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Thursday, 30 March 2017

Man up, man down.


On paternity leave and when your wife is recovering from a C-section it's important to be present and care for her at all times!

So today, as I clutched a Hot Wheels stunt builder kit and made my way down the stairs with its 'frustration free' Amazon packaging in my other hand I instantly became my own stunt dad, sliding down the stairs with a cacophony of bumps and an almighty smash of my arm on the bannister.

Yes. As my arse bounced down those steps I truly knew what it must be like to be a Beyoncé impersonator at a traveller wedding. It felt like I was getting grabbed and shaken roughly by an intoxicated man with a penchant for bare knuckle fist fights, and his intentions towards me were to give me a night I wouldn't forget.

"Harry? Are you OK? Can you hear me?" The voice of the person recovering from an invasive abdominal operation said.

I groaned loudly.

"Harry? I'm coming up."

She arrived, with adorable baby Leo in one arm. "Deep breaths. I'll get you some water. Deep breaths."

Leo this morning. I'm glad I wasn't carrying him at the time.

I showed her my arm. "Look, it's got a massive bump on it. That doesn't look right, does it."


In my mind, I started to picture a glorious gladiatorial fracture, with bone jutting out, pushing at the skin. Perhaps blood would spurt out in a fine mist, if this were directed by Ridley Scott.

"Deep breaths."

I followed her downstairs and lay on the sofa. 

"How much does it hurt?"

"I don't know, I'm feeling a lot of adrenaline at the moment. I should get it checked out."

She agreed it looked bad, and I called the local surgery. The news was that I'd probably need an X-ray but the nearest hospital was 25 minutes away.

"You'll have to get a taxi won't you?" She said.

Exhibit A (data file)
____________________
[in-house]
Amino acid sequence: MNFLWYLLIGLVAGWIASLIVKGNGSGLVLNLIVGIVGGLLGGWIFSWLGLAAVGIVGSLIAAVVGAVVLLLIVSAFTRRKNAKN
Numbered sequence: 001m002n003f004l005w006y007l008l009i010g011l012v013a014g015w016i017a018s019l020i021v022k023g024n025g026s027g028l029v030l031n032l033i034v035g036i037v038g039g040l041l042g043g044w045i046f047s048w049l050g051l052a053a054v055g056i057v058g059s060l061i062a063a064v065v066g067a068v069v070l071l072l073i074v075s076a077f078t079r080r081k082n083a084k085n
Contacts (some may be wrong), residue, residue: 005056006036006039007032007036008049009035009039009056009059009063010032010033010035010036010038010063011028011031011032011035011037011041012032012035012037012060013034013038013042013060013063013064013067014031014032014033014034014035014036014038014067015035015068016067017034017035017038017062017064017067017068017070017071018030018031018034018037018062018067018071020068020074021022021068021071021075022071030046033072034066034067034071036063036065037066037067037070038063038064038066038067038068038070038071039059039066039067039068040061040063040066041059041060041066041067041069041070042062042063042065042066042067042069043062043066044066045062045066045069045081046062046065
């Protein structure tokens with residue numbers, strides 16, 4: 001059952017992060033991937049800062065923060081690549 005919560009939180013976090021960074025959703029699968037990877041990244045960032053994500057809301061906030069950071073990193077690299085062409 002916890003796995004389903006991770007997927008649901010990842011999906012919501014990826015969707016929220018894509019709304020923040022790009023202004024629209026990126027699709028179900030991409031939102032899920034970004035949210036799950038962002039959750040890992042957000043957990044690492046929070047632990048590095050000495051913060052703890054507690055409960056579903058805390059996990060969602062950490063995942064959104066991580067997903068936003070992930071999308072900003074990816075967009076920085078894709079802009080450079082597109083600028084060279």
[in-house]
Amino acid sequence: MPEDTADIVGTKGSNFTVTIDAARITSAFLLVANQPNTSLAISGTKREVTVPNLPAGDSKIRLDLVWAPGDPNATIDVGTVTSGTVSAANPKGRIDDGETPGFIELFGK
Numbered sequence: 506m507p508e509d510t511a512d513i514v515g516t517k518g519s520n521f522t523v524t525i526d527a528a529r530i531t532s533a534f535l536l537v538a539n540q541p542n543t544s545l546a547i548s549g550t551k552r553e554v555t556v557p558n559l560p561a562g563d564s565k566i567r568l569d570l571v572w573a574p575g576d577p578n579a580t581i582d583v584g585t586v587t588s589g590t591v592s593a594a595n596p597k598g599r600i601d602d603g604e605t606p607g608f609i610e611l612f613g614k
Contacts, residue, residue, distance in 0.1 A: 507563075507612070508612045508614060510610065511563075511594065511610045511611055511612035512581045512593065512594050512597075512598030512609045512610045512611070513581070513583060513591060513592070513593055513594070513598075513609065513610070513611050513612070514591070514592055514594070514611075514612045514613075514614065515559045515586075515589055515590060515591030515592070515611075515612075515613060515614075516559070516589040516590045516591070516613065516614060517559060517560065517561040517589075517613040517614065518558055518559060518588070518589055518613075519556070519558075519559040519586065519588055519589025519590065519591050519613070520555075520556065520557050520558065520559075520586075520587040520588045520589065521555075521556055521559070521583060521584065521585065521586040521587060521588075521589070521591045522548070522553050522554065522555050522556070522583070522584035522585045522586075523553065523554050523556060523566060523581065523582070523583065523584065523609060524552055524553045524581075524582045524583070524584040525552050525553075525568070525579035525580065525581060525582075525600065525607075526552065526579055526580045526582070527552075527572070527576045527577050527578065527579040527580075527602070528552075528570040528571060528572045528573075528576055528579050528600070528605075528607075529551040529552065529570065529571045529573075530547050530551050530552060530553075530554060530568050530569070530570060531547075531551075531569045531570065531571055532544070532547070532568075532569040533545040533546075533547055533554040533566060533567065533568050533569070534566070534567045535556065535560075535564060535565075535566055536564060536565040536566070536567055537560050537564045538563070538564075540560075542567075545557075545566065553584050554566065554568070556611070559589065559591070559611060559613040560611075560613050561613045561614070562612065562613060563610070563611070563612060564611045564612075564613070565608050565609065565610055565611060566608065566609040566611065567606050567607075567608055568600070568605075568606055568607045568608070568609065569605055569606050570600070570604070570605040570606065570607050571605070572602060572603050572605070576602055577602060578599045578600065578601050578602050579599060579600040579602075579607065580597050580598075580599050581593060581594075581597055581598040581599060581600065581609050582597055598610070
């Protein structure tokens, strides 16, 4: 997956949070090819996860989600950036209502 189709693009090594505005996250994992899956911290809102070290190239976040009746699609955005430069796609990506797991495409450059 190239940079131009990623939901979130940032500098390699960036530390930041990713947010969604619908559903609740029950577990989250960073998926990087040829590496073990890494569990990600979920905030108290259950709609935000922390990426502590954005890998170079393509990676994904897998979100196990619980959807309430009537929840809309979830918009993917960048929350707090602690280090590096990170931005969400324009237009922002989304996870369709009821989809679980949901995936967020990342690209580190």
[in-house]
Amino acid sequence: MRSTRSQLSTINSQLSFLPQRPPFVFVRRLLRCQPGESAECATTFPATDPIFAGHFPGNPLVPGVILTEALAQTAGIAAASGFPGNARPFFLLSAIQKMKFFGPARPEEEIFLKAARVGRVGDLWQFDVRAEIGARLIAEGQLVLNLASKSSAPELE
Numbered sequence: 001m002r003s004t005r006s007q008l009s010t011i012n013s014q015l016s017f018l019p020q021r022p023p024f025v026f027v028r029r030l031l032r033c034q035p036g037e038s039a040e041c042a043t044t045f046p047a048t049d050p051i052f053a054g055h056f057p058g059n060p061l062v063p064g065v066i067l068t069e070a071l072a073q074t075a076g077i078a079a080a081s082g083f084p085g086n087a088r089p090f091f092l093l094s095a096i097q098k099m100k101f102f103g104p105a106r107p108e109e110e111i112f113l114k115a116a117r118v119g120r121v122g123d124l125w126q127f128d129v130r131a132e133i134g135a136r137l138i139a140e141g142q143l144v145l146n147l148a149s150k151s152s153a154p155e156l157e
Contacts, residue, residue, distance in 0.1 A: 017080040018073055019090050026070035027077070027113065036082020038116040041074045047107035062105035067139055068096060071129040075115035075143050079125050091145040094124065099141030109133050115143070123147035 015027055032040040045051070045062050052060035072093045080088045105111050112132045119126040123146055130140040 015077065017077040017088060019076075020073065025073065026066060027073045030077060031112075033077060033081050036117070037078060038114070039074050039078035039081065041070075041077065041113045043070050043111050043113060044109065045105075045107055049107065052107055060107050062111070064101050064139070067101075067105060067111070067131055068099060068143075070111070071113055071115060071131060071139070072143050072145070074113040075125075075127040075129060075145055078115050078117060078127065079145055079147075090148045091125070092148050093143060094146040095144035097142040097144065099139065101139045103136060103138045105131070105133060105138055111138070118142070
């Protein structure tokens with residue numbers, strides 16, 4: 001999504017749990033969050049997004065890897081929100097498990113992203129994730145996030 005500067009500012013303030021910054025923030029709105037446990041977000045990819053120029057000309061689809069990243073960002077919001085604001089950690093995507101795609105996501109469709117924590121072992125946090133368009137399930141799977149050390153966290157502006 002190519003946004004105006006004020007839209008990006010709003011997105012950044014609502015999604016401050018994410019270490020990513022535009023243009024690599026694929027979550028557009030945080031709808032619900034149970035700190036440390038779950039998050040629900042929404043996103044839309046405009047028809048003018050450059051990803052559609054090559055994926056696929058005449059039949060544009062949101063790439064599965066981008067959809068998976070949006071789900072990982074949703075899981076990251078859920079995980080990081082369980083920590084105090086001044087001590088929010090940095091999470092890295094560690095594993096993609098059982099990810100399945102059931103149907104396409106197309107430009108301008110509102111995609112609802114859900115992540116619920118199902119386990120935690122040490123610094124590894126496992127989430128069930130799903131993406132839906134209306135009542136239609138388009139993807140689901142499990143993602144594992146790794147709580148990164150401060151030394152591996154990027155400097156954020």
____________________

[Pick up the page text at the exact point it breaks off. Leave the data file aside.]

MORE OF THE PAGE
"I don't want to pay for a taxi, we've got all these people who've offered you help so can't we ask them?"

I began frantically reeling off a shortlist of "women who might be morally obliged to give a lift to their friend's idiot husband who fell down the stairs and is supposed to be looking after his wife."

She agreed on my top two names, hand selected by me based on their current employment status. This was easy. I have many years of experience in recruitment, and was confident in my shortlist of candidates. The first person we rang answered the phone and immediately accepted the taxi job. Hashtag: nailed it.

In the car we made pleasant small talk. Ability to make non awkward small talk was one of the other ranking criteria in my taxi driver shortlist. As she drove, I made enquiries about her new relationship that I have heard about through my wife. I was even able to recount the detail about how he hadn't made a move on their second date, despite it being at her house. This helped the conversation to flow easily.

She dropped me off at the hospital and I was seen quickly by a grumpy triage nurse in the A&E department.

"Hello, I fell down the stairs." I thought I would keep my introduction cheerful and to the point.

"On a scale of 1-10, how much does it hurt?"

At this point I began to panic. This was definitely a three on the scale, paracetamol was helping me through the hard times.

"Five," I lied.

She scribbled something along the lines of "If his arm is broken, I'll dance naked on top of a harpsichord" on her piece of paper and told me to go to the next room.

I then spoke to a GP who played with my arm a bit and said I'd need an X-ray. 

The Radiologist twisted my arm on the table and at this point it was hurting a lot. He did his work and ominously told me they would discuss my results back in A&E.

The GP who I'd seen earlier ushered me into his room. His face was grave.

"It's all OK. No break. You've got yourself a baton injury."

He then explained what this was, and mimed being a rioter defending himself against a policeman hitting him with a truncheon.

"We get these a lot," He added.

"I'll put a plaster on it."

"Oh that's OK, no plaster necessary!" I responded awkwardly:

"No no, it's what we do, to avoid you getting dust in it."

Feeling quite silly, I let him patch me up with a hospital issue plaster.

"Can I see my X-ray?" I asked.

"Sure!" 

He then took me to a computer and I looked at my arm from several angles in its unbroken glory.

"Can I take a picture?"

"Erm... I'd rather you didn't."
 
With the last shred of my dignity, I ordered a large latte from Costa on my way out of the hospital and waited for my taxi. (Thanks! You know who you are!)
 
 

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